Having the foresighted factors in mind, one may ask why life insurance is less developed in Ethiopia. Surprisingly, the real factors contributing for such a low figure are not well investigated and documented. However, an oversight which many households typically make is that they benchmark the returns from life insurance products with other investing options. In doing so, what they completely fail to comprehend is that the primary purpose of life insurance is protection followed by returns and not the other way round. To worsen the matter, the necessary efforts have not been exerted from the concerned stakeholder’s: the regulator, insurers, insurance auxiliaries, intermediaries, the government, and academic institutions, to mention a few.

Moreover, availability of saving instruments with better interest rate, unemployment, accessibility of pension as a means of financing retirement and price of life insurance, whether it is commensurate or competitive, among others constitute factors contributing for the low performance of the life insurance sector. On the other hand, socio-demographic and cultural factors such as life expectancy, dependency ratio and source of income, age, urbanization, family size, and culture contribute to the advancement of life insurance. In this regard, availability of close substitutes, like ‘Idir’[a community welfare association], ‘Equb’[a social institution of saving] and other traditional services, though highly informal, have big impact on the growth of life insurance since many, in Ethiopia, prefer such services to insurance as far as funeral related insurances and or short term financial services are concerned.

The alternative to foster the growth of life assurance in the future requires a collaborative effort of stakeholders. Since growth in life insurance would bring meaningful benefit to the economy and the society at large, stakeholders should uphold life insurance as financial plan through keeping an awareness creation campaign on the importance of the service. Moreover, tailored life assurance products should be developed and marketed so that policy holders could yield better results as compared to other investment options, close substitute and self insurance to provide unique solutions for the Ethiopian consumer’s demand.

Insurance market is described as “reluctant market”, as this is one in which customers won’t buy sufficient products unless they are obliged by law or pressing need, such as the need to avoid an undesirable outcome. Ethiopians may assume life insurance is over and above their basic need but everyone should start to consider life insurance as a necessity rather than a luxury. For instance, for parents who still have children living at home, not having a life insurance policy could put their kids at risk if something that could affect their economic gain were to happen to them. In the event parents die, a life insurance policy can provide a safety net for the children to live off. It is the “selfless gift” of a true parent. This aspect of protection is unique to life insurance and hence it should be a key ingredient in an individual’s financial plan. As a risk-management tool, the importance of adequate life insurance in an individual’s financial plan cannot be over emphasized.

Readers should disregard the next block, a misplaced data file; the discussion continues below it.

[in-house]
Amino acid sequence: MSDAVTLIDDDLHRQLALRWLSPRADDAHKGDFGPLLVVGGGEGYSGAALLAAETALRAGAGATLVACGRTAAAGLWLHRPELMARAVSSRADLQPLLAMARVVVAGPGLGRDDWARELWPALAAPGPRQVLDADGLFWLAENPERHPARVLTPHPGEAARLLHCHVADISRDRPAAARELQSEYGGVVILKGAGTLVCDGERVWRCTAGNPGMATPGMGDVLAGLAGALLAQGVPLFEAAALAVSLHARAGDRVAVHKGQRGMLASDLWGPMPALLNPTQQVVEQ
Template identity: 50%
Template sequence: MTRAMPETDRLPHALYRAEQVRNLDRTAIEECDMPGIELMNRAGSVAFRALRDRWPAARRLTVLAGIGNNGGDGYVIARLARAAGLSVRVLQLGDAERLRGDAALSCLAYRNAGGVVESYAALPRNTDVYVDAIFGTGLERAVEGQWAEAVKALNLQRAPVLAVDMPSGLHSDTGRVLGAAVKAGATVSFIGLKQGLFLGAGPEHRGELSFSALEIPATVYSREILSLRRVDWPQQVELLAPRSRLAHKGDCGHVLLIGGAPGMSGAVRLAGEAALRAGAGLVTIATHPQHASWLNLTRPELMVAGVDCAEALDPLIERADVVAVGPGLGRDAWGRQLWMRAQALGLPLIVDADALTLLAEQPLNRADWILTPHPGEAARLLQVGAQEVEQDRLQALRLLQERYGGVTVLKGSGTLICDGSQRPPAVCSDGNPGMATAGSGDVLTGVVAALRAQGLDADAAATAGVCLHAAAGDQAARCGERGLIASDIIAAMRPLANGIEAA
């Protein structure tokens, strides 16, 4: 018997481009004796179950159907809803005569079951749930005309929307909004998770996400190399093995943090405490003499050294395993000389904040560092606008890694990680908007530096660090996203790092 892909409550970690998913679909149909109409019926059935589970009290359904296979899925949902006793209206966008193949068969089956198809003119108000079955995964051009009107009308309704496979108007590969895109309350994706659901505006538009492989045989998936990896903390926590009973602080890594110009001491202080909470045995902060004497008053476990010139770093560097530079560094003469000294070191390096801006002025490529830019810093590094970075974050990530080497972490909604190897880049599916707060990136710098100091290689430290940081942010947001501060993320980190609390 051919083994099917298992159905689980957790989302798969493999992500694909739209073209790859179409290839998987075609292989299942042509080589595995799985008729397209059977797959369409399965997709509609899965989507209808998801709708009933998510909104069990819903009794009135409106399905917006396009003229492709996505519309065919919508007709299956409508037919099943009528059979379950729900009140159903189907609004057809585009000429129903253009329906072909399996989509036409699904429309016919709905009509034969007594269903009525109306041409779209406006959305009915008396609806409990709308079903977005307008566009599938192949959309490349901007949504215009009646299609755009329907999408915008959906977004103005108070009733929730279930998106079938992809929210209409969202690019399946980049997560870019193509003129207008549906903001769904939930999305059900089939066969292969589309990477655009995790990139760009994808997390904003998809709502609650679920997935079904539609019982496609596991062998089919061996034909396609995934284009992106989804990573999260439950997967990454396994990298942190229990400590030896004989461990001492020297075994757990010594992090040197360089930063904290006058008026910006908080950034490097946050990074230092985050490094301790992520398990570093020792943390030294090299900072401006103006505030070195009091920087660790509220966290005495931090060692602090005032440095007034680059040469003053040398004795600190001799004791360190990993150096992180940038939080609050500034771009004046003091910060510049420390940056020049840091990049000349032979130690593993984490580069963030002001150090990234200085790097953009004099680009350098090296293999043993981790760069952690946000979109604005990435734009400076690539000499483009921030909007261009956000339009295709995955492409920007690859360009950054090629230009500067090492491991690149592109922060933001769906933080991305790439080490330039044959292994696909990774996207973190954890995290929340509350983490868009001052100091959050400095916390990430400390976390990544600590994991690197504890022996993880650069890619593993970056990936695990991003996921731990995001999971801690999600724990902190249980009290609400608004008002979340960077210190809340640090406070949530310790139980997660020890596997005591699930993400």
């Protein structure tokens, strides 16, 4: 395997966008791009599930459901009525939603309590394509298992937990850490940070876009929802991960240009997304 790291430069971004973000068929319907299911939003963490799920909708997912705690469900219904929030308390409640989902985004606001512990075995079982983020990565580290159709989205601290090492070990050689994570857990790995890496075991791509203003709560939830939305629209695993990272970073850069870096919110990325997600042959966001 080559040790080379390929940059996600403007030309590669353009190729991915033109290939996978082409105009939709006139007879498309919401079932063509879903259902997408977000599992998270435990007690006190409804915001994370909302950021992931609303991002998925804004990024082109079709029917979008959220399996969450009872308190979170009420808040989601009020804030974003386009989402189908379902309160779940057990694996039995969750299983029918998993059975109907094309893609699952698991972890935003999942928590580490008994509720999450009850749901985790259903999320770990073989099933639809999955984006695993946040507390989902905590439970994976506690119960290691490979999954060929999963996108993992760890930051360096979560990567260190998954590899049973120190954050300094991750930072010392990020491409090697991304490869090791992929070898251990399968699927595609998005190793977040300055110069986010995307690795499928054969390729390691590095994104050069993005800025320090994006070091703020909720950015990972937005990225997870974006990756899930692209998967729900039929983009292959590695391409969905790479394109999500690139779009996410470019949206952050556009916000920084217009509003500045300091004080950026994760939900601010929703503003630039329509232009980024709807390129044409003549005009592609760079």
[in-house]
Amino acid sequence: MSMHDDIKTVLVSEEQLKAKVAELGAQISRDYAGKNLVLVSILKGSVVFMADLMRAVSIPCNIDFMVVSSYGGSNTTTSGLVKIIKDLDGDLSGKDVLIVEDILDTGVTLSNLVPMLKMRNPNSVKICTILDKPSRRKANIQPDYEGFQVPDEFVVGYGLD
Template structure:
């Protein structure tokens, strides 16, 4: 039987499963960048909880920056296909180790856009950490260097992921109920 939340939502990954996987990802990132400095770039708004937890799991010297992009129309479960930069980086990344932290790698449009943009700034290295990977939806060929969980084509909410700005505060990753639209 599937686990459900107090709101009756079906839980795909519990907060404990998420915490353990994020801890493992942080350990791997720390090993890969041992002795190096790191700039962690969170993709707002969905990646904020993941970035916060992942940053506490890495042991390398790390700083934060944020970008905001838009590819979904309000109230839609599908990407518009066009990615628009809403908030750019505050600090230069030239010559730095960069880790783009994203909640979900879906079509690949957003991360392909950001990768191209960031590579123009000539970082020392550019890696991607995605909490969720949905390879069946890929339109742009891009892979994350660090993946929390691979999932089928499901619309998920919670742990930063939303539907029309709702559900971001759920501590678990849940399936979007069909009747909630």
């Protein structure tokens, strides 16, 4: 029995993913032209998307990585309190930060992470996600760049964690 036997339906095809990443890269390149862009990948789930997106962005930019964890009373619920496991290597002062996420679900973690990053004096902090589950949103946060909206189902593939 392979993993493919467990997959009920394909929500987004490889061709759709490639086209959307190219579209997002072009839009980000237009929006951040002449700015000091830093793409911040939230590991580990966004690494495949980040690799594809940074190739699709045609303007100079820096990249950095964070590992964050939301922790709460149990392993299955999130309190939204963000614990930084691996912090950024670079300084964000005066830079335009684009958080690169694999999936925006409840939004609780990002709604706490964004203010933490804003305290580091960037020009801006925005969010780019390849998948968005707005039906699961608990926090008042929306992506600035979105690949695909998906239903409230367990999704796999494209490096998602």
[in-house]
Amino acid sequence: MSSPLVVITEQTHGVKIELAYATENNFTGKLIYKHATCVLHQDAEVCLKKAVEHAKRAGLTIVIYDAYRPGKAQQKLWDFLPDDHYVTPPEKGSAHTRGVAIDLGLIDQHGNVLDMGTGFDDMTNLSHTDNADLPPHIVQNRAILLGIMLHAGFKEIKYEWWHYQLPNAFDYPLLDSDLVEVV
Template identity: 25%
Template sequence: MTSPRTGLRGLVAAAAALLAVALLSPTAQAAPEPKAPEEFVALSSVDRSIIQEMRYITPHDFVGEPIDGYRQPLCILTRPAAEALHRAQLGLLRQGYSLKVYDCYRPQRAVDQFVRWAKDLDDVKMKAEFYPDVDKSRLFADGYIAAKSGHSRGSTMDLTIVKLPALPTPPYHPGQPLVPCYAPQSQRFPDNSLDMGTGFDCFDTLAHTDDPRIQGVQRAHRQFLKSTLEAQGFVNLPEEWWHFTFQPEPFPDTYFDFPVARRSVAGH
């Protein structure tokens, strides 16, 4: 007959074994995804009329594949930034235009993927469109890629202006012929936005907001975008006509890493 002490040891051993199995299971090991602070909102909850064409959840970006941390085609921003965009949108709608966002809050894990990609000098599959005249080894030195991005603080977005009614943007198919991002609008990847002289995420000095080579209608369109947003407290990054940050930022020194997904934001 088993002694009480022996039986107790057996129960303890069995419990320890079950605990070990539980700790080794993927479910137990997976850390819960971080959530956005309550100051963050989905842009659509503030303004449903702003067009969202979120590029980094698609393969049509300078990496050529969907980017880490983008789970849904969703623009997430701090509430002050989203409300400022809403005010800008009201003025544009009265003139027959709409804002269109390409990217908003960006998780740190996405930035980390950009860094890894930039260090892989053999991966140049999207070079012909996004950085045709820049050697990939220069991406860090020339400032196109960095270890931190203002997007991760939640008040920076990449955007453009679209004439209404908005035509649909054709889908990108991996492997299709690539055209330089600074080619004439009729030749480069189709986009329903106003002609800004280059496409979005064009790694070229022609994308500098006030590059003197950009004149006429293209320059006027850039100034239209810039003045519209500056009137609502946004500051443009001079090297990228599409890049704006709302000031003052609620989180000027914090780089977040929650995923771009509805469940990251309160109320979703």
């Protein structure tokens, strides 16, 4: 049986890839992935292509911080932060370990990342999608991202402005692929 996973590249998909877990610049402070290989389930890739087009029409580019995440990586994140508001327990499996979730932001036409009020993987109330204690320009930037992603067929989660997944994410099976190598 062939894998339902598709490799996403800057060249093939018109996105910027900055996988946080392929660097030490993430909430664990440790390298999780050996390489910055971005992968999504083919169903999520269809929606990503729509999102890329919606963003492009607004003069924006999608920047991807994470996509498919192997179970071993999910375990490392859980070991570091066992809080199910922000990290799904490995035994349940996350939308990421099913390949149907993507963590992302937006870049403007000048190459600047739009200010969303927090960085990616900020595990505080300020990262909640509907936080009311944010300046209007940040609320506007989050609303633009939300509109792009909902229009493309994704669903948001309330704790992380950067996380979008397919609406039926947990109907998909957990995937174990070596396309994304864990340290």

Finally, the popularity of life insurance has significantly improved in other economies after languishing for a number of years. Premium volumes expanded in the majority of African countries. A number of Takaful companies (insurance companies that provide insurance products in which   an Islamic insurance concept is grounded and Islamic pillars are respected) have set up operations in different African countries, potentially broadening the appeal of life insurance among the continent’s significant Muslim population.  However, this is not the case in Ethiopia where the contribution of life insurance is minimal. The relevance of life insurance as a long-term protection-cum-savings tool has not received the attention it deserves.

Fikru Tsegaye

Fikru Tsegaye holds MBA in Marketing and MA in Human Resource and Organizational Dev’t. He is currently working at Ethiopian Insurance Corporation as Marketing and Strategic Management Team Leader. He can be reached at fikru.tsegaye@yahoo.com